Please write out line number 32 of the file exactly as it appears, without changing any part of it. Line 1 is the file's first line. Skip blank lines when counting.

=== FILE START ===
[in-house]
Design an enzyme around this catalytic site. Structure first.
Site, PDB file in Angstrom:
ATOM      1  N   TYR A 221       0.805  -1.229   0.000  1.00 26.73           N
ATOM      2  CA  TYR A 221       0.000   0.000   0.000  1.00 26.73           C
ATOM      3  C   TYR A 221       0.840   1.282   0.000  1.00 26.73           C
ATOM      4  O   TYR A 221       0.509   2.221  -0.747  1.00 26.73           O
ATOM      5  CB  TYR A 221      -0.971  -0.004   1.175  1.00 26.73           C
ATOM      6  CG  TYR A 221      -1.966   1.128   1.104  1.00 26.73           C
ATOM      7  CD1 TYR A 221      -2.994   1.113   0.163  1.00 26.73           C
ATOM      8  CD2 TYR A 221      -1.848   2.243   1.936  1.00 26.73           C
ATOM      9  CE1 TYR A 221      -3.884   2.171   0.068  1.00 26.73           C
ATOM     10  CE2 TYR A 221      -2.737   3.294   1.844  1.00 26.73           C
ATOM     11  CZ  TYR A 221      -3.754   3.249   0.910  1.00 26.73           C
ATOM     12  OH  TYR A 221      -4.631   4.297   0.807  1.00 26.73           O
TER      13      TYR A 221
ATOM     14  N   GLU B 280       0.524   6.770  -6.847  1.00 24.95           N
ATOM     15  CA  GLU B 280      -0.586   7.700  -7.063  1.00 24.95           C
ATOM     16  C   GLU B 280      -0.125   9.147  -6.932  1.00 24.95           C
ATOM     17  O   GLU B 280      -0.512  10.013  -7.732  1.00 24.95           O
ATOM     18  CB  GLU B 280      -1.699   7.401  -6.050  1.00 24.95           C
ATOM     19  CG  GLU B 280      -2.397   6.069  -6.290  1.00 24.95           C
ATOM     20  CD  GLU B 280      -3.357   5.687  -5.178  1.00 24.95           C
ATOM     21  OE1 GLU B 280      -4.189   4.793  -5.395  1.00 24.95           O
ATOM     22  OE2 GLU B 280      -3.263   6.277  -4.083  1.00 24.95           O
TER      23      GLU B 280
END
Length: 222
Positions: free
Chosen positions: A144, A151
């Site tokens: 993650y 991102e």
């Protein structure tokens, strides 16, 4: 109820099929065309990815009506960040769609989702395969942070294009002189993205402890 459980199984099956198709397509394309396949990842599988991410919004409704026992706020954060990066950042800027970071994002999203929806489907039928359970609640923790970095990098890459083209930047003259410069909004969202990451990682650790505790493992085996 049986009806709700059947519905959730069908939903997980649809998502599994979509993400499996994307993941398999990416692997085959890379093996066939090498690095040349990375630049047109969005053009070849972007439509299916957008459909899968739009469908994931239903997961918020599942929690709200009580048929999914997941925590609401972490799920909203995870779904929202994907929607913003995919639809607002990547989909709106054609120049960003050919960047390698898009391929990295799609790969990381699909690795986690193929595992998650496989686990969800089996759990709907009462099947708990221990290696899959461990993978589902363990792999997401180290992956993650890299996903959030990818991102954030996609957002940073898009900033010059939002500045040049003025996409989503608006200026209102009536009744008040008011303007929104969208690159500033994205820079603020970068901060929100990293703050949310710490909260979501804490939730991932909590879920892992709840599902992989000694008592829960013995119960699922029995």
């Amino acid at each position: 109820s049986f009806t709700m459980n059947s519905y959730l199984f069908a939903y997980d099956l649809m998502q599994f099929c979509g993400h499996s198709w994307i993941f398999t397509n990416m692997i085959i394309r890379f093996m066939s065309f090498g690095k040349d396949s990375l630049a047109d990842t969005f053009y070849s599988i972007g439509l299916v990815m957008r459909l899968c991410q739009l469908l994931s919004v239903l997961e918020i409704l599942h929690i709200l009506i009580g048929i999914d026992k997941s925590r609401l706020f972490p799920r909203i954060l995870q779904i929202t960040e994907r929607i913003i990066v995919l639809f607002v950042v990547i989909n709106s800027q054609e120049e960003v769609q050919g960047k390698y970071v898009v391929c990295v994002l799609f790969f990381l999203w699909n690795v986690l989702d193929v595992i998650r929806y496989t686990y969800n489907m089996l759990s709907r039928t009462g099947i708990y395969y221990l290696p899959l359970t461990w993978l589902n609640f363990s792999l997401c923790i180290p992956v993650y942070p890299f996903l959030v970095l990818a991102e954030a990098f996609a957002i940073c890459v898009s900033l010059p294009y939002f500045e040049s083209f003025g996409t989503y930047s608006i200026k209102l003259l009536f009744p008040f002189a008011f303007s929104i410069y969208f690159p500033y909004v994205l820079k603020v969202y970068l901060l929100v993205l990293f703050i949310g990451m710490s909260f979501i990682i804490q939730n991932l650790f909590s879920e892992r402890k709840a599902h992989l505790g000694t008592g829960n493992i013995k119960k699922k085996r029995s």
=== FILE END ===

């Protein structure tokens, strides 16, 4: 109820099929065309990815009506960040769609989702395969942070294009002189993205402890 459980199984099956198709397509394309396949990842599988991410919004409704026992706020954060990066950042800027970071994002999203929806489907039928359970609640923790970095990098890459083209930047003259410069909004969202990451990682650790505790493992085996 049986009806709700059947519905959730069908939903997980649809998502599994979509993400499996994307993941398999990416692997085959890379093996066939090498690095040349990375630049047109969005053009070849972007439509299916957008459909899968739009469908994931239903997961918020599942929690709200009580048929999914997941925590609401972490799920909203995870779904929202994907929607913003995919639809607002990547989909709106054609120049960003050919960047390698898009391929990295799609790969990381699909690795986690193929595992998650496989686990969800089996759990709907009462099947708990221990290696899959461990993978589902363990792999997401180290992956993650890299996903959030990818991102954030996609957002940073898009900033010059939002500045040049003025996409989503608006200026209102009536009744008040008011303007929104969208690159500033994205820079603020970068901060929100990293703050949310710490909260979501804490939730991932909590879920892992709840599902992989000694008592829960013995119960699922029995």